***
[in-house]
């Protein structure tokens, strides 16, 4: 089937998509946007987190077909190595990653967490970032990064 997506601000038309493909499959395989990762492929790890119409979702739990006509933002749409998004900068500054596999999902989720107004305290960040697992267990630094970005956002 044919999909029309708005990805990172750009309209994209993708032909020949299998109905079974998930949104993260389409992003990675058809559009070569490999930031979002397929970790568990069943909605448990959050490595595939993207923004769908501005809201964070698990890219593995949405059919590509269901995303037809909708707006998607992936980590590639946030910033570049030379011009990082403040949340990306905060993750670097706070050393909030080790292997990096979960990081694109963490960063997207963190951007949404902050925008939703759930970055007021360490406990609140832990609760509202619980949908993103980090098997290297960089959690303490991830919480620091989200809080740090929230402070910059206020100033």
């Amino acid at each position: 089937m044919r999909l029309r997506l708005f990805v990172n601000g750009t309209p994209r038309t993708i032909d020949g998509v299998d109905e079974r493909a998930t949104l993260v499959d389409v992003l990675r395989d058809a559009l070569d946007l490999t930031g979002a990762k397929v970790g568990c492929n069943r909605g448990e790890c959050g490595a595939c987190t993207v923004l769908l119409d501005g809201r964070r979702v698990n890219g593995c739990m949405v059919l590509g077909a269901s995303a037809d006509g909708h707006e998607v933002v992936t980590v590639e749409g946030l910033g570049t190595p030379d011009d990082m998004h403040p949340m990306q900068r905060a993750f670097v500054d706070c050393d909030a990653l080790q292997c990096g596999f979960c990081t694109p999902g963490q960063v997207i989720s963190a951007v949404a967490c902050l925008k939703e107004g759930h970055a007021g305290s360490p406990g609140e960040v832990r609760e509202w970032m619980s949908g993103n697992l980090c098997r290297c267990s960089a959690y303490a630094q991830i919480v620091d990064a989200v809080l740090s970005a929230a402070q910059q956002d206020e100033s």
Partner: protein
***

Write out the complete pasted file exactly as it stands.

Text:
[in-house]
């Protein structure tokens, strides 16, 4: 089937998509946007987190077909190595990653967490970032990064 997506601000038309493909499959395989990762492929790890119409979702739990006509933002749409998004900068500054596999999902989720107004305290960040697992267990630094970005956002 044919999909029309708005990805990172750009309209994209993708032909020949299998109905079974998930949104993260389409992003990675058809559009070569490999930031979002397929970790568990069943909605448990959050490595595939993207923004769908501005809201964070698990890219593995949405059919590509269901995303037809909708707006998607992936980590590639946030910033570049030379011009990082403040949340990306905060993750670097706070050393909030080790292997990096979960990081694109963490960063997207963190951007949404902050925008939703759930970055007021360490406990609140832990609760509202619980949908993103980090098997290297960089959690303490991830919480620091989200809080740090929230402070910059206020100033």
């Amino acid at each position: 089937m044919r999909l029309r997506l708005f990805v990172n601000g750009t309209p994209r038309t993708i032909d020949g998509v299998d109905e079974r493909a998930t949104l993260v499959d389409v992003l990675r395989d058809a559009l070569d946007l490999t930031g979002a990762k397929v970790g568990c492929n069943r909605g448990e790890c959050g490595a595939c987190t993207v923004l769908l119409d501005g809201r964070r979702v698990n890219g593995c739990m949405v059919l590509g077909a269901s995303a037809d006509g909708h707006e998607v933002v992936t980590v590639e749409g946030l910033g570049t190595p030379d011009d990082m998004h403040p949340m990306q900068r905060a993750f670097v500054d706070c050393d909030a990653l080790q292997c990096g596999f979960c990081t694109p999902g963490q960063v997207i989720s963190a951007v949404a967490c902050l925008k939703e107004g759930h970055a007021g305290s360490p406990g609140e960040v832990r609760e509202w970032m619980s949908g993103n697992l980090c098997r290297c267990s960089a959690y303490a630094q991830i919480v620091d990064a989200v809080l740090s970005a929230a402070q910059q956002d206020e100033s």
Partner: protein